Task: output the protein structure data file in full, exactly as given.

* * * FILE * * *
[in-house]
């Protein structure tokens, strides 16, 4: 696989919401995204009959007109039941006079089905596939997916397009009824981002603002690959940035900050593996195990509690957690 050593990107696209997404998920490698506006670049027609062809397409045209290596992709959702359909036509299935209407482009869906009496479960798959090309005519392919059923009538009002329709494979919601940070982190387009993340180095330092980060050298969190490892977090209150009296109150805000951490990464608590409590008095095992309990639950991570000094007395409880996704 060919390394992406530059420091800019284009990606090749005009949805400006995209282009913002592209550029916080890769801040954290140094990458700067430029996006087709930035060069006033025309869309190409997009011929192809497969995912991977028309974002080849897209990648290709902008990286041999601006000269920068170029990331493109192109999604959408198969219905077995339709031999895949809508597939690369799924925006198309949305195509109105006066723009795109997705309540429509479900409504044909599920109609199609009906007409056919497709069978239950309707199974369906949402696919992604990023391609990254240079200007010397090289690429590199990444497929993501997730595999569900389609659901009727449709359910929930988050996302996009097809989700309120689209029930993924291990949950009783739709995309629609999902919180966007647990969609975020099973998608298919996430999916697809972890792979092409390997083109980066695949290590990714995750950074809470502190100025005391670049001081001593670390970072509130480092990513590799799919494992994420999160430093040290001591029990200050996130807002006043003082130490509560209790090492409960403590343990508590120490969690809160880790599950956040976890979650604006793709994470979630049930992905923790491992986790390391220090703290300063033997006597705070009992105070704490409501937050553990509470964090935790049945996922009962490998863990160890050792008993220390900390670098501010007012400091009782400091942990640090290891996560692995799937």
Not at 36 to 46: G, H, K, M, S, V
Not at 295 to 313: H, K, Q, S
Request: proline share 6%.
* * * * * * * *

[in-house]
């Protein structure tokens, strides 16, 4: 696989919401995204009959007109039941006079089905596939997916397009009824981002603002690959940035900050593996195990509690957690 050593990107696209997404998920490698506006670049027609062809397409045209290596992709959702359909036509299935209407482009869906009496479960798959090309005519392919059923009538009002329709494979919601940070982190387009993340180095330092980060050298969190490892977090209150009296109150805000951490990464608590409590008095095992309990639950991570000094007395409880996704 060919390394992406530059420091800019284009990606090749005009949805400006995209282009913002592209550029916080890769801040954290140094990458700067430029996006087709930035060069006033025309869309190409997009011929192809497969995912991977028309974002080849897209990648290709902008990286041999601006000269920068170029990331493109192109999604959408198969219905077995339709031999895949809508597939690369799924925006198309949305195509109105006066723009795109997705309540429509479900409504044909599920109609199609009906007409056919497709069978239950309707199974369906949402696919992604990023391609990254240079200007010397090289690429590199990444497929993501997730595999569900389609659901009727449709359910929930988050996302996009097809989700309120689209029930993924291990949950009783739709995309629609999902919180966007647990969609975020099973998608298919996430999916697809972890792979092409390997083109980066695949290590990714995750950074809470502190100025005391670049001081001593670390970072509130480092990513590799799919494992994420999160430093040290001591029990200050996130807002006043003082130490509560209790090492409960403590343990508590120490969690809160880790599950956040976890979650604006793709994470979630049930992905923790491992986790390391220090703290300063033997006597705070009992105070704490409501937050553990509470964090935790049945996922009962490998863990160890050792008993220390900390670098501010007012400091009782400091942990640090290891996560692995799937």
Not at 36 to 46: G, H, K, M, S, V
Not at 295 to 313: H, K, Q, S
Request: proline share 6%.